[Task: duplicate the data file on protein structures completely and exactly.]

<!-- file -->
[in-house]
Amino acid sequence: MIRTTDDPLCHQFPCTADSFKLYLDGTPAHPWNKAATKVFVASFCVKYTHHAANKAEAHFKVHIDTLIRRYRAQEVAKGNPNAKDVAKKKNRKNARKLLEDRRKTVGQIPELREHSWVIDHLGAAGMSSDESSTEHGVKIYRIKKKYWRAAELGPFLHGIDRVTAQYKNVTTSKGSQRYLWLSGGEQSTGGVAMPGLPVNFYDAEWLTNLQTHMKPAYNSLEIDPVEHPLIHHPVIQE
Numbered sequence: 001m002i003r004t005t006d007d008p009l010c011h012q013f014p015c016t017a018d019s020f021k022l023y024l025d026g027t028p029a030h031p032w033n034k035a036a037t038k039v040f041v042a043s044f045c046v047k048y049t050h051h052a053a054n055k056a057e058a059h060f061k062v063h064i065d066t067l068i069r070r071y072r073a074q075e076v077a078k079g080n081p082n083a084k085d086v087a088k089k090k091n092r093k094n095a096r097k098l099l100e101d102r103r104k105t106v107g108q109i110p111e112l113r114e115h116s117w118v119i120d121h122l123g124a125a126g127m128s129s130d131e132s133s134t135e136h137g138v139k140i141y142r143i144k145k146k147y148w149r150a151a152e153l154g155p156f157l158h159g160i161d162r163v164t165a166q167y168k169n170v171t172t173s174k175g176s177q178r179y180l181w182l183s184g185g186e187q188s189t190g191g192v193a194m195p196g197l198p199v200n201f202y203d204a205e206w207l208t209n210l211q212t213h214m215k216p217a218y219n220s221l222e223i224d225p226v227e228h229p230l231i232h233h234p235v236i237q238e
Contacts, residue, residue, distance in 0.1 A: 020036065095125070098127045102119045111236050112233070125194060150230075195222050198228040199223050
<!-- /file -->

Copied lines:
[in-house]
Amino acid sequence: MIRTTDDPLCHQFPCTADSFKLYLDGTPAHPWNKAATKVFVASFCVKYTHHAANKAEAHFKVHIDTLIRRYRAQEVAKGNPNAKDVAKKKNRKNARKLLEDRRKTVGQIPELREHSWVIDHLGAAGMSSDESSTEHGVKIYRIKKKYWRAAELGPFLHGIDRVTAQYKNVTTSKGSQRYLWLSGGEQSTGGVAMPGLPVNFYDAEWLTNLQTHMKPAYNSLEIDPVEHPLIHHPVIQE
Numbered sequence: 001m002i003r004t005t006d007d008p009l010c011h012q013f014p015c016t017a018d019s020f021k022l023y024l025d026g027t028p029a030h031p032w033n034k035a036a037t038k039v040f041v042a043s044f045c046v047k048y049t050h051h052a053a054n055k056a057e058a059h060f061k062v063h064i065d066t067l068i069r070r071y072r073a074q075e076v077a078k079g080n081p082n083a084k085d086v087a088k089k090k091n092r093k094n095a096r097k098l099l100e101d102r103r104k105t106v107g108q109i110p111e112l113r114e115h116s117w118v119i120d121h122l123g124a125a126g127m128s129s130d131e132s133s134t135e136h137g138v139k140i141y142r143i144k145k146k147y148w149r150a151a152e153l154g155p156f157l158h159g160i161d162r163v164t165a166q167y168k169n170v171t172t173s174k175g176s177q178r179y180l181w182l183s184g185g186e187q188s189t190g191g192v193a194m195p196g197l198p199v200n201f202y203d204a205e206w207l208t209n210l211q212t213h214m215k216p217a218y219n220s221l222e223i224d225p226v227e228h229p230l231i232h233h234p235v236i237q238e
Contacts, residue, residue, distance in 0.1 A: 020036065095125070098127045102119045111236050112233070125194060150230075195222050198228040199223050